- Here, I reviewed the movie The Conjuring and Paul M. Feeney’s novella The Last Bus. For those inclined to the political, I wrote a piece about conservative writers and Facebook at Liberty Island.
As the weekend hurtles toward us, let’s take a long look back on the days that led up to it:
- John Kenneth Muir tackled Donnie Darko in a must-read piece: “In seeing his world end, however, Donnie experiences an epiphany. He comes to finally recognize that ‘destruction is a form of creation,’ to quote the film. His ending — his death — creates a new beginning for his family, his girlfriend, and the whole of the human race. He laughs madly immediately preceding his death, because only at the end does he recognize God’s plan for him.”
- Sean Eaton took us on a brief, disturbing trip to Carcosa in his invaluable, incredible R’lyeh Tribune: “Interestingly, The King in Yellow is not a history book or a procedural manual like its brothers on the shelf. It is a dramatic work, a play. Its creator Robert W. Chambers beguiles his readers with snatches of dialogue and song, but never provides enough of the material to cause insanity or suicide in the reader—only curiosity. His marvelous fictional work of the same name, published in 1895, is a collection of stories linked thematically around the effects of reading The King in Yellow.”
- The pressbook for Nightmare was one of the many interesting things to come out of Zombos’ Closet.
- Nev Murray reviewed Caroline Mitchell’s Don’t Turn Around at his Confessions of a Reviewer!!: “The addition of the paranormal element is a fantastic twist that keeps you glued to the story because you never really know what’s going to happen next. Jennifer doesn’t so why should you? You know the way you can guess things when the main character is still in the dark and you might scream at them to see what you see? Not with this baby you won’t. I knew who the ultimate villain in the story was from very early on. No I didn’t. I thought I did then when it became clear it wasn’t them, I finally had it sussed.” (No word on whether Der Kommissar‘s in town or not.)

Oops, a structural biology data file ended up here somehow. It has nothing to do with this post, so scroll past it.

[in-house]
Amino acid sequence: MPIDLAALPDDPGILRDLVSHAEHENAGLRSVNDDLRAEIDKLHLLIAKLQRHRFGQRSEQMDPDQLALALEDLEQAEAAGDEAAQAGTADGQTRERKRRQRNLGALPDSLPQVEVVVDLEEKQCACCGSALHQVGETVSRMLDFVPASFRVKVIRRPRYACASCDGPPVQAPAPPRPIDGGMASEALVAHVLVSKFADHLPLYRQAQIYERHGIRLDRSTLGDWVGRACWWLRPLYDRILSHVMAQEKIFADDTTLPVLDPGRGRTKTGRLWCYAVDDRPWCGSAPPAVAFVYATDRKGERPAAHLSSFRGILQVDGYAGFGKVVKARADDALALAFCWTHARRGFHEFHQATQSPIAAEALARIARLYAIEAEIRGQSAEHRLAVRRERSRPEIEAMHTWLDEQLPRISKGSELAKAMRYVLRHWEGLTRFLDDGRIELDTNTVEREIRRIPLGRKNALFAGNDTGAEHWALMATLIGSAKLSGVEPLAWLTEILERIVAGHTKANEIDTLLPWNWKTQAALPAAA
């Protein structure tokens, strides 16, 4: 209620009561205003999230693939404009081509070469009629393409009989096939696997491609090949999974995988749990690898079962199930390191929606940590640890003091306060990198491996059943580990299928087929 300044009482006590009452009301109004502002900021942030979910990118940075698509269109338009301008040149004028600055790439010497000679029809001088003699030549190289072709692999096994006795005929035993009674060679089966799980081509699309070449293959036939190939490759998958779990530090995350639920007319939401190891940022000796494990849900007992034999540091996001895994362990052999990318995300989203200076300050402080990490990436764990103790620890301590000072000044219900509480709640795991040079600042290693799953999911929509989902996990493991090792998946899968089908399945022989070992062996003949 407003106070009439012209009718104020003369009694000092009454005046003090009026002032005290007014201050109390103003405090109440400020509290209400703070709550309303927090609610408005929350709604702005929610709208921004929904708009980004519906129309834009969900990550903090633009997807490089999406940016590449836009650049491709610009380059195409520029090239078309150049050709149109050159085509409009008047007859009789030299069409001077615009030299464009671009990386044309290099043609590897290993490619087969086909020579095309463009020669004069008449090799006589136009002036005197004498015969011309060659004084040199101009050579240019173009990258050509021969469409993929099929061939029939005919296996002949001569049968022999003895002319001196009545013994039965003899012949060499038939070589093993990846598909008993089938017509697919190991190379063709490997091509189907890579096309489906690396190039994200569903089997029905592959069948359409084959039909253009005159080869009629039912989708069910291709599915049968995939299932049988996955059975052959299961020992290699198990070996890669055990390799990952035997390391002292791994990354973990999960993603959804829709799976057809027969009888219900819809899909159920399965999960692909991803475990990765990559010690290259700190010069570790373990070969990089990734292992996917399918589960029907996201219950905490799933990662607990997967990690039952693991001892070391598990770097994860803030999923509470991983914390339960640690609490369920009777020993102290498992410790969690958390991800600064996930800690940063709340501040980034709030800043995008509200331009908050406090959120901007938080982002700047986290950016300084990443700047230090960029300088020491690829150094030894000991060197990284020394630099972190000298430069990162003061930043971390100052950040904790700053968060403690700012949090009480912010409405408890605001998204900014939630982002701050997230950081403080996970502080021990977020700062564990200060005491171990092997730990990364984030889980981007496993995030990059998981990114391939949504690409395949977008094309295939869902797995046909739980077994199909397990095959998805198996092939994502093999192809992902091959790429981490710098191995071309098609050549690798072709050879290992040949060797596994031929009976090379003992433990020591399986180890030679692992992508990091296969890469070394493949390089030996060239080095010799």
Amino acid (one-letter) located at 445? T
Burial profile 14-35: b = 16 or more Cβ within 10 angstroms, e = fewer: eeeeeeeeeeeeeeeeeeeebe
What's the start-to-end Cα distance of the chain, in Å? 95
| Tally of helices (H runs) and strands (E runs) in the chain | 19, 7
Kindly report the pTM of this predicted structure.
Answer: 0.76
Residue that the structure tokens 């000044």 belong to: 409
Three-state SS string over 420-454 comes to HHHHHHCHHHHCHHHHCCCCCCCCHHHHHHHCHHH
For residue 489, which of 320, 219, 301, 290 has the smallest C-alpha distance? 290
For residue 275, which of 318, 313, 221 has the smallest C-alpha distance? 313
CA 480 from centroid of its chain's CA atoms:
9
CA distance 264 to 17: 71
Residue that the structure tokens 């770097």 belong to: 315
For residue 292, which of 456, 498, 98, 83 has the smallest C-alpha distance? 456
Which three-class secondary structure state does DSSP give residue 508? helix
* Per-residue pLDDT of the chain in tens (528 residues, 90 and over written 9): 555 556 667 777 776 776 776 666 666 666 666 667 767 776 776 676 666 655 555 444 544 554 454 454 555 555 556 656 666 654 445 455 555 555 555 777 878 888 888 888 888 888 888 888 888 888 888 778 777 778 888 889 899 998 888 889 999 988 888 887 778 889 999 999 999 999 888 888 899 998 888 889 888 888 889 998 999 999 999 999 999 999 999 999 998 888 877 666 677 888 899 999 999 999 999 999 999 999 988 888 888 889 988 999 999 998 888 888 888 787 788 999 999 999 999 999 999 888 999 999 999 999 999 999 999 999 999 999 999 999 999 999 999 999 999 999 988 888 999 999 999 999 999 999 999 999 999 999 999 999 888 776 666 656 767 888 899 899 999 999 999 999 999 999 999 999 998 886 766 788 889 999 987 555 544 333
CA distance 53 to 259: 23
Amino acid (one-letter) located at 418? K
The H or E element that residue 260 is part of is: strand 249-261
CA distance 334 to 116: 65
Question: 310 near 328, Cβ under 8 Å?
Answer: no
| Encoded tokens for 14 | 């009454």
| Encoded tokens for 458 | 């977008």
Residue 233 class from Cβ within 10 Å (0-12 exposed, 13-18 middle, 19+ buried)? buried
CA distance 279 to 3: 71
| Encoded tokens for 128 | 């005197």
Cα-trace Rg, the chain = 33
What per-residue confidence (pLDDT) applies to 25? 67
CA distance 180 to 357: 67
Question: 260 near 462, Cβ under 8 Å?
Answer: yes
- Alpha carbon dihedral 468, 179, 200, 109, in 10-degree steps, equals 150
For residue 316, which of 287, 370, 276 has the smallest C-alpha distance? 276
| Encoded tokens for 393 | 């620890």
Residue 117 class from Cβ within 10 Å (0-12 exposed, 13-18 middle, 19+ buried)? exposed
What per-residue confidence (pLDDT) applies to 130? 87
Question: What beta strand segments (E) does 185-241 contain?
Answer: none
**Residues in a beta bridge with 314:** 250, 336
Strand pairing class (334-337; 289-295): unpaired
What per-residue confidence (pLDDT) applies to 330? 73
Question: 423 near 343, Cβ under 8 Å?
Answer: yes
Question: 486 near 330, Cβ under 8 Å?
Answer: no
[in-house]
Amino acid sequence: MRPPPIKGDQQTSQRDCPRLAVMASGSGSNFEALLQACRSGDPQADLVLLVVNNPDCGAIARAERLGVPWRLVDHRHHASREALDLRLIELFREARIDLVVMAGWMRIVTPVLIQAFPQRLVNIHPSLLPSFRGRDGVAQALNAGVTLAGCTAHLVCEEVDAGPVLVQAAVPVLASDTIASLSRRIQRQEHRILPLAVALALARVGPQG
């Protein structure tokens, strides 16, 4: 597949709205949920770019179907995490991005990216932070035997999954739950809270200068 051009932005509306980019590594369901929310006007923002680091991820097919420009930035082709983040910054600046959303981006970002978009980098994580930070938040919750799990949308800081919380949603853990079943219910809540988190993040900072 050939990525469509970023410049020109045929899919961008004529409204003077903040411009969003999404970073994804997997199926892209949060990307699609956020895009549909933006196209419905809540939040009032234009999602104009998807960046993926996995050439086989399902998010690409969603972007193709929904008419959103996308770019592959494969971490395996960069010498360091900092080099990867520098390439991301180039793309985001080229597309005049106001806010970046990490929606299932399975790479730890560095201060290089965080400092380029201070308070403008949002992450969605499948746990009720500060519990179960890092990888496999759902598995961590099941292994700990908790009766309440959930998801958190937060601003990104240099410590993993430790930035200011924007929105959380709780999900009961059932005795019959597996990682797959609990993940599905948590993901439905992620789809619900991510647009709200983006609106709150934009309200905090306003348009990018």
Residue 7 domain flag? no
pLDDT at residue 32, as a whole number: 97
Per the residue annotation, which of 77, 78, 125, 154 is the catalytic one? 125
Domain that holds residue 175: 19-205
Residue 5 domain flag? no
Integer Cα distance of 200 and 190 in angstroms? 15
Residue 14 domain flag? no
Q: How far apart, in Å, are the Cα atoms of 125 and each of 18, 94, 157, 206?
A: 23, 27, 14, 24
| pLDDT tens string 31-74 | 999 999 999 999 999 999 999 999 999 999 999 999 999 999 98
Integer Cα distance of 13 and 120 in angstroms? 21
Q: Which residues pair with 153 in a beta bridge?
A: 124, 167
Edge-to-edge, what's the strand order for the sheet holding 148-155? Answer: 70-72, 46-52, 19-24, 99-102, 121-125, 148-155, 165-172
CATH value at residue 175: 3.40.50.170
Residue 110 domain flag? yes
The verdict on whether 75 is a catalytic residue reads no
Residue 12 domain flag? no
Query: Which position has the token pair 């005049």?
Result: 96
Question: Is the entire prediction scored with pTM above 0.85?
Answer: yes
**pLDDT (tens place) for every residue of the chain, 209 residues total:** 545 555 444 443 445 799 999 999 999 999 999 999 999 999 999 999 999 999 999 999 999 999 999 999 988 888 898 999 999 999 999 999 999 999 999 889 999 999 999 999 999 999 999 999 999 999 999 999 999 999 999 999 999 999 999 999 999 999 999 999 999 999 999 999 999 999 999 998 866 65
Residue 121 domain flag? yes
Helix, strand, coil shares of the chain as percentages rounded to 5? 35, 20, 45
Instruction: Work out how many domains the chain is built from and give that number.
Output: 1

- The Time of the Hawklords was a featured dish at Breakfast in the Ruins: “Given that Michael Moorcock knocked about with Hawkwind quite a bit on the Ladbroke Grove freak-scene of the early ‘70s (contributing spoken word recitations and slightly more nebulous ‘concepts’ to their ‘Space Ritual’ and ‘Warrior At The Edge of Time’ albums, amongst other things), it must have seemed splendidly inevitable that the prolific scribe should choose to immortalise his rock n’ roll mates in fiction at some point. However, the co-billing here of Michael Butterworth (a latter-day New Worlds contributor who went on to co-found the controversial Manchester imprint Savoy Books), together with the book’s absence from most Moorcock bibliographies, tells a slightly different story.”